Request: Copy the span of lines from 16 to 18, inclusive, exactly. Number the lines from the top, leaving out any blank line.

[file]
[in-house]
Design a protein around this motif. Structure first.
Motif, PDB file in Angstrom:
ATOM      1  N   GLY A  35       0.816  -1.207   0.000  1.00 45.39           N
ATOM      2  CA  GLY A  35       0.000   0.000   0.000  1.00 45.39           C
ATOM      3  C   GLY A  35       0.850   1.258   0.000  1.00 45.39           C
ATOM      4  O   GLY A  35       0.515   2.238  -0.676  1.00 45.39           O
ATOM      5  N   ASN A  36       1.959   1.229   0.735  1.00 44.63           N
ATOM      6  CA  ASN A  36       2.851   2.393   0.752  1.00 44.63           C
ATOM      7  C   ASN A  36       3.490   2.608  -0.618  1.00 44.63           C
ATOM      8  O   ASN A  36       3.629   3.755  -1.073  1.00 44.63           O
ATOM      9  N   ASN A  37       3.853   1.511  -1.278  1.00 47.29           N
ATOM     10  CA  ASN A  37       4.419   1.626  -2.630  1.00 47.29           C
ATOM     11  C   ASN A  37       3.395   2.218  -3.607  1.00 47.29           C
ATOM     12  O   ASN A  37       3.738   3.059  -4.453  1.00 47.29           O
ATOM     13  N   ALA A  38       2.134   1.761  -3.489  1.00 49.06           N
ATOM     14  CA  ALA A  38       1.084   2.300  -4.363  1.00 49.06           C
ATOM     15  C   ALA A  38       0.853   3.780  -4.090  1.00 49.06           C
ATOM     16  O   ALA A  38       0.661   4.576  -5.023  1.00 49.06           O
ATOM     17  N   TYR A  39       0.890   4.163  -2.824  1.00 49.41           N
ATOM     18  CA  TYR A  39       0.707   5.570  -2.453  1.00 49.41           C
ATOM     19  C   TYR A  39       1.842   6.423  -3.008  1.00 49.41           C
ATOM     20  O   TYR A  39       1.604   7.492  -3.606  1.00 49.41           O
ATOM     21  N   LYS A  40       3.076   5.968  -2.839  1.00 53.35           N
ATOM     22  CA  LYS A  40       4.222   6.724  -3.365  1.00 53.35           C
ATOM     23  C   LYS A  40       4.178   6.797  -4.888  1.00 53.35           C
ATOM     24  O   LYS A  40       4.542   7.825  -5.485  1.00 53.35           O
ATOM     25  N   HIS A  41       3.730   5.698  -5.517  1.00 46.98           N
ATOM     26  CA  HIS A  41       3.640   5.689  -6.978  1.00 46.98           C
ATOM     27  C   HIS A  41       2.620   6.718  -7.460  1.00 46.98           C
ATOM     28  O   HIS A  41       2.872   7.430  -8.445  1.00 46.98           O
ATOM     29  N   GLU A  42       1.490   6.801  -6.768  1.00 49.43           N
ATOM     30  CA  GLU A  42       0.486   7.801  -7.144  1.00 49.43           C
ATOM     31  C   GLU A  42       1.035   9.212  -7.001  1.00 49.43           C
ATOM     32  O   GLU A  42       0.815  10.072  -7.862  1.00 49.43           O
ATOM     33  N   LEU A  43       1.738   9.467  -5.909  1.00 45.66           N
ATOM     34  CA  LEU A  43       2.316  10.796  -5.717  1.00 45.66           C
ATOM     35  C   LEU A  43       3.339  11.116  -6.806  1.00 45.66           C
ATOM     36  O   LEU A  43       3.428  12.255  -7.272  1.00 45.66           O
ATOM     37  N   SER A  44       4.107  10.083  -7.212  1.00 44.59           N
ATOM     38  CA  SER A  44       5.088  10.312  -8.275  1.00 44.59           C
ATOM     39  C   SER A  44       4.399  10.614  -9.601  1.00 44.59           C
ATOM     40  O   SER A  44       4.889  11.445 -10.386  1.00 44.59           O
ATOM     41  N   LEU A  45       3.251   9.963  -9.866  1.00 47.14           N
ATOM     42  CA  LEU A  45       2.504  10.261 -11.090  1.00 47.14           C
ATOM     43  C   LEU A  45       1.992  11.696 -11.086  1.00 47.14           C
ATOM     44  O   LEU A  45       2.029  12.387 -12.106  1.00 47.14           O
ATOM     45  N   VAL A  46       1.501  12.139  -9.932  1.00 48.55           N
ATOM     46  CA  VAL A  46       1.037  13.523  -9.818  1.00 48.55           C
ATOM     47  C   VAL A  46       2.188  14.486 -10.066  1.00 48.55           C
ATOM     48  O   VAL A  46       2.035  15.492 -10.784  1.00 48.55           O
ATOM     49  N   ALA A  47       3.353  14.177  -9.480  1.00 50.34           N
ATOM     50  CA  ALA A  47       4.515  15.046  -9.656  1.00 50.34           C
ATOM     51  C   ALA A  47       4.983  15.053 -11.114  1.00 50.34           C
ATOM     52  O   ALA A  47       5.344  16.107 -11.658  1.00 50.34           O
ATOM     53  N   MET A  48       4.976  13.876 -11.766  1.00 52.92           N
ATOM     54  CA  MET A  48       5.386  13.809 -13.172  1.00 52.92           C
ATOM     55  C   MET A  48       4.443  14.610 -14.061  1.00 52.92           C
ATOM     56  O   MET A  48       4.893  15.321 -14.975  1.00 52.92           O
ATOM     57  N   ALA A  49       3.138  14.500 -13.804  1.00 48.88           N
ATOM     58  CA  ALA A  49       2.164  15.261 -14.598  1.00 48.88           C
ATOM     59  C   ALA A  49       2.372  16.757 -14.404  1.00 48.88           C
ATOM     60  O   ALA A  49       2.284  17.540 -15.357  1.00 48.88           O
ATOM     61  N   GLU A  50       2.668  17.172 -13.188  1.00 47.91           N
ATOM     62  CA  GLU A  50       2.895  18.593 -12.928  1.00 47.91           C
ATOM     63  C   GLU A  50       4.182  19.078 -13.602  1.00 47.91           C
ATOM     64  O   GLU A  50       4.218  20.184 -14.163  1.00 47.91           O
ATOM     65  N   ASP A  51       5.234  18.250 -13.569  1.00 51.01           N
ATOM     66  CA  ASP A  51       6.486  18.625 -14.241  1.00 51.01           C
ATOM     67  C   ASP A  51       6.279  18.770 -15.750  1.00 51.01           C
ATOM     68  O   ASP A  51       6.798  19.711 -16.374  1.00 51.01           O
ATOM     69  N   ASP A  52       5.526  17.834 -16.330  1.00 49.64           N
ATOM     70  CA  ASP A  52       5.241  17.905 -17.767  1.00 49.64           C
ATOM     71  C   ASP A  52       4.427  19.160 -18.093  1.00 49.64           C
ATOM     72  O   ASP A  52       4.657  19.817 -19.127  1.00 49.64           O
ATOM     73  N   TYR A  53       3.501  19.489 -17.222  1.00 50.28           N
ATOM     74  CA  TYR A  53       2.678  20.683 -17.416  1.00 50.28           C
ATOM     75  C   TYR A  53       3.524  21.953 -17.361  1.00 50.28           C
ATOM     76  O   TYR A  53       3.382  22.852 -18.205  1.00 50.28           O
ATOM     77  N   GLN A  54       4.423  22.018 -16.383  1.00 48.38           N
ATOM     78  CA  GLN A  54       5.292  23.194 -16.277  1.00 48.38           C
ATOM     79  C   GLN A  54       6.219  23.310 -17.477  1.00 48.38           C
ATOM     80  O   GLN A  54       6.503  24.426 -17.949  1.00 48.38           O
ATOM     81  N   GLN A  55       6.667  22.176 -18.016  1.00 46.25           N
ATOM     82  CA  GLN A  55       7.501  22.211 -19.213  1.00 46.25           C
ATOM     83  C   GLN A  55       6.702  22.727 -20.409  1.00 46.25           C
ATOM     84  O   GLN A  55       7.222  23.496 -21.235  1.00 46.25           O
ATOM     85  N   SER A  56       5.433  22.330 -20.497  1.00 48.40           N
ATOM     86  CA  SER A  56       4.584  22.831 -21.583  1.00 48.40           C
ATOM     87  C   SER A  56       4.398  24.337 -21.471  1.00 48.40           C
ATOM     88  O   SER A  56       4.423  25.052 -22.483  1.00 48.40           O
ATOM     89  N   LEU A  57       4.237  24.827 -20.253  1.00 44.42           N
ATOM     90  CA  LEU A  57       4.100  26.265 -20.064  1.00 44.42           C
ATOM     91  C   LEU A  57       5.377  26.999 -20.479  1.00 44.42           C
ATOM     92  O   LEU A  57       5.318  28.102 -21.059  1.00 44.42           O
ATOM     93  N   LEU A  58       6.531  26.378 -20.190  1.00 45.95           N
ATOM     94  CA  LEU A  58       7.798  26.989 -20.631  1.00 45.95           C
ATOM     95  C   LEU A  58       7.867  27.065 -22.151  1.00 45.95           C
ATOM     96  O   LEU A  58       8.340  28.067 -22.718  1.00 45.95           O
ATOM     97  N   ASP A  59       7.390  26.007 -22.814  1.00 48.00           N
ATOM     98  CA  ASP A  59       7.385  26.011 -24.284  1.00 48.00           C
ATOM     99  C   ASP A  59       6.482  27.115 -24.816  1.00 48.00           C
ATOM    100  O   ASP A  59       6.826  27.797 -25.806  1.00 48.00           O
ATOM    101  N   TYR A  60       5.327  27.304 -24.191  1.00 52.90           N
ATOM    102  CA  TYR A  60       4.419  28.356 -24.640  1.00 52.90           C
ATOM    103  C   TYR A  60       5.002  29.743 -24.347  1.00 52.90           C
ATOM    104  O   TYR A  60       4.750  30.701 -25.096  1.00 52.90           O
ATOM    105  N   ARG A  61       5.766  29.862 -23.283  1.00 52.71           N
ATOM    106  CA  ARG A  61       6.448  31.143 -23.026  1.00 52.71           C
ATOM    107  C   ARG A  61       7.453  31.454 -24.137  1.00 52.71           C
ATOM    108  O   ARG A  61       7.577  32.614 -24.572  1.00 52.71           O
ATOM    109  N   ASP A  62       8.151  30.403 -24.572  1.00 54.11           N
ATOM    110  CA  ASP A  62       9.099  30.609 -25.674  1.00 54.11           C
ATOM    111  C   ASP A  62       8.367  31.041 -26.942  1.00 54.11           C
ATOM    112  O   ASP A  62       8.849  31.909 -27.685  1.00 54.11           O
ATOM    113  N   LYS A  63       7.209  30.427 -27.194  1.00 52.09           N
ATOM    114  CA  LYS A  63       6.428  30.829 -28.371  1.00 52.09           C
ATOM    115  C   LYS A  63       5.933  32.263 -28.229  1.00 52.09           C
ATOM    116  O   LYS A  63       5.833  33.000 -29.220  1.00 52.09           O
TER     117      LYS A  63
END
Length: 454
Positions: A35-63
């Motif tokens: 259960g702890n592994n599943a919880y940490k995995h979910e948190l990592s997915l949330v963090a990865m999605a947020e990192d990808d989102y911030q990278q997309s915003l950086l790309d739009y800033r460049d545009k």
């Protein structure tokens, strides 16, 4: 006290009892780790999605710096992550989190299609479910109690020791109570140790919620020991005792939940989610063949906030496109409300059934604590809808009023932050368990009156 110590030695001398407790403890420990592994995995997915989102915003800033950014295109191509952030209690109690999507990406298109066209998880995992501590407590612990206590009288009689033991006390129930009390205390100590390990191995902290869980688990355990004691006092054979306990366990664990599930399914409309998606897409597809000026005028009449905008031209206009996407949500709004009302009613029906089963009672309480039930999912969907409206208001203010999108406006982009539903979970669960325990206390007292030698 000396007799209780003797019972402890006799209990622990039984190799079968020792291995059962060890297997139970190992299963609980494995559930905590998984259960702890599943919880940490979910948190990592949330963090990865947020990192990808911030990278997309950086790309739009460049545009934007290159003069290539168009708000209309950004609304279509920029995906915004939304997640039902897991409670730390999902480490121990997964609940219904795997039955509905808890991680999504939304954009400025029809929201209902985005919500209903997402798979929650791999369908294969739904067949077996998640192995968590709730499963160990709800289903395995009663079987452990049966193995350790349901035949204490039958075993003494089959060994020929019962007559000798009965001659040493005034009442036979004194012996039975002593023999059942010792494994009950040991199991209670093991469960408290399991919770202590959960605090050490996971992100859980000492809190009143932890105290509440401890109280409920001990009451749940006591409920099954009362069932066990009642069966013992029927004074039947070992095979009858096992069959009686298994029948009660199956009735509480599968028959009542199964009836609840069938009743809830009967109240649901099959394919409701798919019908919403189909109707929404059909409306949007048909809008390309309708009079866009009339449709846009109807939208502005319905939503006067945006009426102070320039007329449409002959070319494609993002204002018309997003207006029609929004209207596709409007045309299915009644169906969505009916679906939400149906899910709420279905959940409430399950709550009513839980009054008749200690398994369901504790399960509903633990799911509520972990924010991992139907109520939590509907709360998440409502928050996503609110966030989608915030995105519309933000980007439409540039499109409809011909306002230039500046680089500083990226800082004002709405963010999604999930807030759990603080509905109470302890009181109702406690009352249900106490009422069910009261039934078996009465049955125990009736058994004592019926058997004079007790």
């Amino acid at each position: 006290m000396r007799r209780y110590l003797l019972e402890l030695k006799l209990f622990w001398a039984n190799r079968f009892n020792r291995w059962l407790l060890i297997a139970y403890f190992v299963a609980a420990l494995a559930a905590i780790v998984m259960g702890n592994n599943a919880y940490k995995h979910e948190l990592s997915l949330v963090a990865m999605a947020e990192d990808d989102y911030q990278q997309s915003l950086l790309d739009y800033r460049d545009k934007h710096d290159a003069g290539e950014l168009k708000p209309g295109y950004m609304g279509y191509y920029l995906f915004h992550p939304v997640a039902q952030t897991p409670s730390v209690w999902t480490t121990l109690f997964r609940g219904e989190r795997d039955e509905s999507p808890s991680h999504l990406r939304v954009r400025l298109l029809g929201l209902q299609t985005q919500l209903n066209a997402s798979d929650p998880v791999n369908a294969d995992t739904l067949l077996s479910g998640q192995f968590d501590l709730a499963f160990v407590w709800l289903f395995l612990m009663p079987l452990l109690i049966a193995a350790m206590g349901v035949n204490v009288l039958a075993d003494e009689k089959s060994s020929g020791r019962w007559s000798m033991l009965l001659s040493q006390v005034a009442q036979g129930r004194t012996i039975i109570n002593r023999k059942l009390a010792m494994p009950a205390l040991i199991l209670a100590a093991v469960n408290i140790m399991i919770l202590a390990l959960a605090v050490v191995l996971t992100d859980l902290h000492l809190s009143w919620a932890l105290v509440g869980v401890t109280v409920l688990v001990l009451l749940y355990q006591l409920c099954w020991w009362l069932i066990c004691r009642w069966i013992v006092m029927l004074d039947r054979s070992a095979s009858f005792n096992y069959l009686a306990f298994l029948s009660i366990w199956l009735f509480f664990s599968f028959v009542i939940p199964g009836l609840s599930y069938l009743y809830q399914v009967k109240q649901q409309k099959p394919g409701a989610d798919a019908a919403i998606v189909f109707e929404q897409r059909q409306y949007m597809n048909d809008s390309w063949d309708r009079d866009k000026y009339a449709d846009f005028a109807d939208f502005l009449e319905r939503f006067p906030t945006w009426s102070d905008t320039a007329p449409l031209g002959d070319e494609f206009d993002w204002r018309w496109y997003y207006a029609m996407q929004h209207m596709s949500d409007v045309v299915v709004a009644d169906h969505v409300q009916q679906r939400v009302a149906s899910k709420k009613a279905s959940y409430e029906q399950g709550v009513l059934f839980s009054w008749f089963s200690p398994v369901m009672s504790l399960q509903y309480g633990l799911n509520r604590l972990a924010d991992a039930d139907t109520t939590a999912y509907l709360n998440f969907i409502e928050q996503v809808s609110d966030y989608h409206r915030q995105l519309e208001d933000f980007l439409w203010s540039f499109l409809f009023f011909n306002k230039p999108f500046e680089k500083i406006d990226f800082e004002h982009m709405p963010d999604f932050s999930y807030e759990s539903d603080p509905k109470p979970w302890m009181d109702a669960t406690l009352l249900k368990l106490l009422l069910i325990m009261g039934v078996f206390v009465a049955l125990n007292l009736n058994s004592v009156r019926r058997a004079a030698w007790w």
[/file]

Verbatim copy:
ATOM     13  N   ALA A  38       2.134   1.761  -3.489  1.00 49.06           N
ATOM     14  CA  ALA A  38       1.084   2.300  -4.363  1.00 49.06           C
ATOM     15  C   ALA A  38       0.853   3.780  -4.090  1.00 49.06           C